Our spending is in a bad way. It doesn’t feel like we are doing extravagant things, we have a modest house and older cars and spend almost nothing on clothing. But I know we can do better.
We are just about past birthday/Christmas/Disney World season, so it’s a good time for me to stop buying…anything.
The main problem here is the kids, and it makes no-spend months unrealistic. No spend – until a note comes home from school telling me there is a $6 fee for participating in the field trip. Or until it turns out the cheerleading team is changing uniforms and I need to buy a ridiculous $18 bow. Or the tights for dance need to be ordered, or it’s Christianna’s birthday, or there is a subscription app that the teacher says isn’t mandatory, if you hate education and want your child to fail.
So a no-spend month is a pipe dream, as is a no-spend week. Even no-spend days are dicey.
That said, the $27.40 figure keeps rattling around in my brain. $10,000, pissed away on ice skating entrance fees!
Today, I’m committing to something a little more flexible. I’m giving myself $5 a day, in cash, that I can use for incidentals. If I don’t use it that day, it can roll over into the next.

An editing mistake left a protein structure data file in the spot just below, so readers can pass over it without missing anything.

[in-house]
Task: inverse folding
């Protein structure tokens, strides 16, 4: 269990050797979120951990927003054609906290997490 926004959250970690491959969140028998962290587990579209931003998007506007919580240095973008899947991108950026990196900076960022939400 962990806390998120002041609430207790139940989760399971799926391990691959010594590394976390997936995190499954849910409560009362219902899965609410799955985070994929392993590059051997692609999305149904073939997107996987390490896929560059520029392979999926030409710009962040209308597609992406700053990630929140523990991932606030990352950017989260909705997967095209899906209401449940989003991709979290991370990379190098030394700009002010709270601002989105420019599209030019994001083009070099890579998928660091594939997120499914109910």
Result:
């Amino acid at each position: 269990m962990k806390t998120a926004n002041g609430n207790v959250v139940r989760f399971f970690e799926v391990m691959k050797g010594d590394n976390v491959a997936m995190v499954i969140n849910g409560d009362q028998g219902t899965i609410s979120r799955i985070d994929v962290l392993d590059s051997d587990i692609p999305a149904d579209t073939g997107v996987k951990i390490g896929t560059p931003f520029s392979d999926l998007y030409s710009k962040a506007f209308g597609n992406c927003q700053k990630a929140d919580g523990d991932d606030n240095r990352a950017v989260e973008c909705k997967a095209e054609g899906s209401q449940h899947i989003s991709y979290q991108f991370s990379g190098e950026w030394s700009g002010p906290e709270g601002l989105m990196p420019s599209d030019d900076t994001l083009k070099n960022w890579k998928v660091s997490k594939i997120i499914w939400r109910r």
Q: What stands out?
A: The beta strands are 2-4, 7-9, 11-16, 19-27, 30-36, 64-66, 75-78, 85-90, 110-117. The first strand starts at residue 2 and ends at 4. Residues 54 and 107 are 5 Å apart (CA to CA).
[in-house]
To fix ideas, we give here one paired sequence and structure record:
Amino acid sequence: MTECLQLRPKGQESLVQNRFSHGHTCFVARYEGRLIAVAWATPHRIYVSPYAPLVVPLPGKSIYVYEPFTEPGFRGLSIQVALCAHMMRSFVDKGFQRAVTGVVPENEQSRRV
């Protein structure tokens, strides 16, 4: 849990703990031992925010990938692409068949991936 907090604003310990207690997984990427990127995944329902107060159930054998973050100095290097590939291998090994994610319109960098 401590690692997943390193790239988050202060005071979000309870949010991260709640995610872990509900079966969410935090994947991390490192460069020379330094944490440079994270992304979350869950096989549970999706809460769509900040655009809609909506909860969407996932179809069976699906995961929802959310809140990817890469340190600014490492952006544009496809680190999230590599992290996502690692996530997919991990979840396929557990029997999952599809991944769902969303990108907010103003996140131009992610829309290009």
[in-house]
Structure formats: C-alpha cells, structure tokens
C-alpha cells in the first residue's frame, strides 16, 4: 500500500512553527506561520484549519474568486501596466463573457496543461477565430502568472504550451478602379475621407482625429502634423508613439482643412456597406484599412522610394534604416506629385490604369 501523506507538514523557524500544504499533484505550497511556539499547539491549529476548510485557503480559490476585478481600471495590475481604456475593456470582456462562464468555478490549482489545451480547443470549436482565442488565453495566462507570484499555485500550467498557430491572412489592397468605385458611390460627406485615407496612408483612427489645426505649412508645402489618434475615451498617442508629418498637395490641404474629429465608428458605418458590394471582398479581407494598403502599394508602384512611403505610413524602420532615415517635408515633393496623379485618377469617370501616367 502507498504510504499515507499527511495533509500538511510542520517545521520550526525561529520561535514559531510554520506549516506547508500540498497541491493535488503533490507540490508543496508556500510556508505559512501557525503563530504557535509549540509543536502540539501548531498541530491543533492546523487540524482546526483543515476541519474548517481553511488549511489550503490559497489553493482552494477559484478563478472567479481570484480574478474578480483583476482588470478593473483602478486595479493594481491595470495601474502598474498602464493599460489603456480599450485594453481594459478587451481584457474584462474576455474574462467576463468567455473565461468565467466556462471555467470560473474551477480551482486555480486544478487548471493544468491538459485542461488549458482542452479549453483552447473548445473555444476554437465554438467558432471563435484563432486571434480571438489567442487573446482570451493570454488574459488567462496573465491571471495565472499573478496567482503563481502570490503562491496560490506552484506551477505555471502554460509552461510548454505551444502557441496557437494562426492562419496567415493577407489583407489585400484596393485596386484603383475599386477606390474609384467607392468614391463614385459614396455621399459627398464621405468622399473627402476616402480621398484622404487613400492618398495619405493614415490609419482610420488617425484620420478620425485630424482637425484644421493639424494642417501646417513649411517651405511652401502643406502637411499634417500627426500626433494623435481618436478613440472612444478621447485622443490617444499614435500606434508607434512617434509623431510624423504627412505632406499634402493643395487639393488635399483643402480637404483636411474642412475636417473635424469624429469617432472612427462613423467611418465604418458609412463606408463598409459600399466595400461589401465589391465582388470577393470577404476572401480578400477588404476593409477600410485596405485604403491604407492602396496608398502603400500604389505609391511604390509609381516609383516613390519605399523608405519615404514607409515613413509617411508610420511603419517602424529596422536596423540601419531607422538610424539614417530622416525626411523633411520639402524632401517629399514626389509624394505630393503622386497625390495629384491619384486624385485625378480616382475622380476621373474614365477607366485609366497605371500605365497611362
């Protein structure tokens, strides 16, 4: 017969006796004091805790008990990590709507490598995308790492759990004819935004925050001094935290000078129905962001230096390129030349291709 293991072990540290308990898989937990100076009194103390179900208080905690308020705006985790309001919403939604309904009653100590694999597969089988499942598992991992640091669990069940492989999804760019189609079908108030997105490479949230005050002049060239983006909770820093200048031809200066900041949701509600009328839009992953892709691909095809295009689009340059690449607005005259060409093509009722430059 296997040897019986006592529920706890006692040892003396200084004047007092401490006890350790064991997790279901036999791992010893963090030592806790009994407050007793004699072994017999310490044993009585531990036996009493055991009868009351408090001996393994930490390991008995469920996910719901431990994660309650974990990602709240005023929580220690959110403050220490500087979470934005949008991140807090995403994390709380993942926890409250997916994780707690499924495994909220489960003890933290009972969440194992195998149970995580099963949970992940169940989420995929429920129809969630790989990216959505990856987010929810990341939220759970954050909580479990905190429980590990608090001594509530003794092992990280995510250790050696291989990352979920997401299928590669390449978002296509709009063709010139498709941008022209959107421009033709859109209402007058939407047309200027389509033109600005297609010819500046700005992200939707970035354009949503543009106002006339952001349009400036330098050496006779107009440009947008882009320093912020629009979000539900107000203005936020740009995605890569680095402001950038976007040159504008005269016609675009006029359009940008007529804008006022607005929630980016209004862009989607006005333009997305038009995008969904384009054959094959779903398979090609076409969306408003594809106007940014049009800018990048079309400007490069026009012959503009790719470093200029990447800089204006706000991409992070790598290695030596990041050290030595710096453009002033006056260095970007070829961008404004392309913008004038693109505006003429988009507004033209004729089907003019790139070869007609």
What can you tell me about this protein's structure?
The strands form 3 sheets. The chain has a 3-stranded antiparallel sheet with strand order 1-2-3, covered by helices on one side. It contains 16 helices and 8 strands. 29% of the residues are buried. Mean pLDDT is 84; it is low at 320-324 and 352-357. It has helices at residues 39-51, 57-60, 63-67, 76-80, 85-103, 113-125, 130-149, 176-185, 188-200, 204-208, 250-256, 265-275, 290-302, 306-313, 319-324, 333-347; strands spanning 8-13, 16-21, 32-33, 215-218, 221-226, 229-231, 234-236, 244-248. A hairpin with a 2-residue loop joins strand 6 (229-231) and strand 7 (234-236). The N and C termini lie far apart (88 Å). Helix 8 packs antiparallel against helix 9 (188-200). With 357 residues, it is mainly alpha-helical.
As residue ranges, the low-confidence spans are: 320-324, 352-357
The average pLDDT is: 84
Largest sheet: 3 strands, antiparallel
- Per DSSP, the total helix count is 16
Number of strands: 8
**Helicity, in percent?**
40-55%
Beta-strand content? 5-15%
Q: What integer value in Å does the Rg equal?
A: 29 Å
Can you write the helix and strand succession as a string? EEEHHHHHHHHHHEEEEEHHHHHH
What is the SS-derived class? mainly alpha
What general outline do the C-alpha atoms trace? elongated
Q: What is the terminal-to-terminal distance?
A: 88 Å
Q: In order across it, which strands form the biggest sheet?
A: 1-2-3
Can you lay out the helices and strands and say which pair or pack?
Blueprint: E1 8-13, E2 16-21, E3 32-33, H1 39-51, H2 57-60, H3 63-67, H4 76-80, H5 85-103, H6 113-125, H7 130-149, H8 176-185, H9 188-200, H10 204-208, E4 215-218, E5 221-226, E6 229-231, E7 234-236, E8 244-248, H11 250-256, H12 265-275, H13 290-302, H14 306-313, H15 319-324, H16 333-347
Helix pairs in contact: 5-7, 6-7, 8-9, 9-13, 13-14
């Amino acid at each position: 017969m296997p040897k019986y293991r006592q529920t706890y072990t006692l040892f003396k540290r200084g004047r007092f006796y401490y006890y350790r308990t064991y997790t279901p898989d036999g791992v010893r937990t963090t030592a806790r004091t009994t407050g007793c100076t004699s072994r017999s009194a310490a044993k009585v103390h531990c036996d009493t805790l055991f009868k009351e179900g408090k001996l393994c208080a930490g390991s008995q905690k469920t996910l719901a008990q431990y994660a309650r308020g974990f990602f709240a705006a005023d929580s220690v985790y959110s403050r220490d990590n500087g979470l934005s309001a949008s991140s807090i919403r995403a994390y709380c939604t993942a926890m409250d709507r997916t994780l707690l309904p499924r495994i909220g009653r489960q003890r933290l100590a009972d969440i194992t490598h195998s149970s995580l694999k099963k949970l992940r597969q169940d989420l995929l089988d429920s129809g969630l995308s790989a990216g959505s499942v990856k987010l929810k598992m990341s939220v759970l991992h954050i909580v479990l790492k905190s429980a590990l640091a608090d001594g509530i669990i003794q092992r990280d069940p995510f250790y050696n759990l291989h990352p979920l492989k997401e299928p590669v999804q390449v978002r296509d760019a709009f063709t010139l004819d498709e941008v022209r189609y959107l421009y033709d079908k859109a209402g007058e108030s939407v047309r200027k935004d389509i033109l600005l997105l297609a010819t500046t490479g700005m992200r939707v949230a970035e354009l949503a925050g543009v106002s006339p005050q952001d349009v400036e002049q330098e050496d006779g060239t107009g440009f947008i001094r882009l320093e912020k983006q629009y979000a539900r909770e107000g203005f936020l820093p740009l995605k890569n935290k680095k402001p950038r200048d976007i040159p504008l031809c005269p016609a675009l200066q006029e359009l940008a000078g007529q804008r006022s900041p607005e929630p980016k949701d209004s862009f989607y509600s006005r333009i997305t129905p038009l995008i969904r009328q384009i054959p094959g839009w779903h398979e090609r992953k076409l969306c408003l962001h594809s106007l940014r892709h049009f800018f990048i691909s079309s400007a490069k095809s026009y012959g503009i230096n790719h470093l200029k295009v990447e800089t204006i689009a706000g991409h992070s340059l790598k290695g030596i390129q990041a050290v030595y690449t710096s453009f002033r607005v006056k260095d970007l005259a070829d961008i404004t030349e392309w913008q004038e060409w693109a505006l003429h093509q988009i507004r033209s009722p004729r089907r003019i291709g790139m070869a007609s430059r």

This won’t work for everything, and I’m giving myself some grace for things like “you need a new piano book,” because that feels like something that is a legit part of the budget. But for out-and-about money?
I’ve also added a line item in my budget for gifts. Hopefully that will help me to stay on track for other kids’ birthday parties, and if I can be diligent, keep myself on track for Christmas.
I’ve been working on the philosophy that I don’t buy something in a store unless I went to the store for that thing. This typically doesn’t affect me because I avoid stores (thank God for grocery pickup), but over Christmas break, the impulse spending was not cool. Even with grocery pickup, though, I still have to go into the store to refill our water bottles, and just that one trip every few weeks should cost $7.95…but there have been times when I walk out of there with $100 of stuff in my cart.
Is the $5 a day going to cover everything that comes up? Probably not, but it’ll help me to keep the big picture in mind when it’s time to buy another birthday present (a $12 present is fine!) or I think I might want Starbucks. I am hopeful that it will help me be mindful of the non-important stuff, like “please mom just one bag of chips?” and simultaneously help me to feel not guilty when we do spend money, as the funds should be physically there.
Day 1 started yesterday, and I’m starting Day 2 with $10 in my wallet!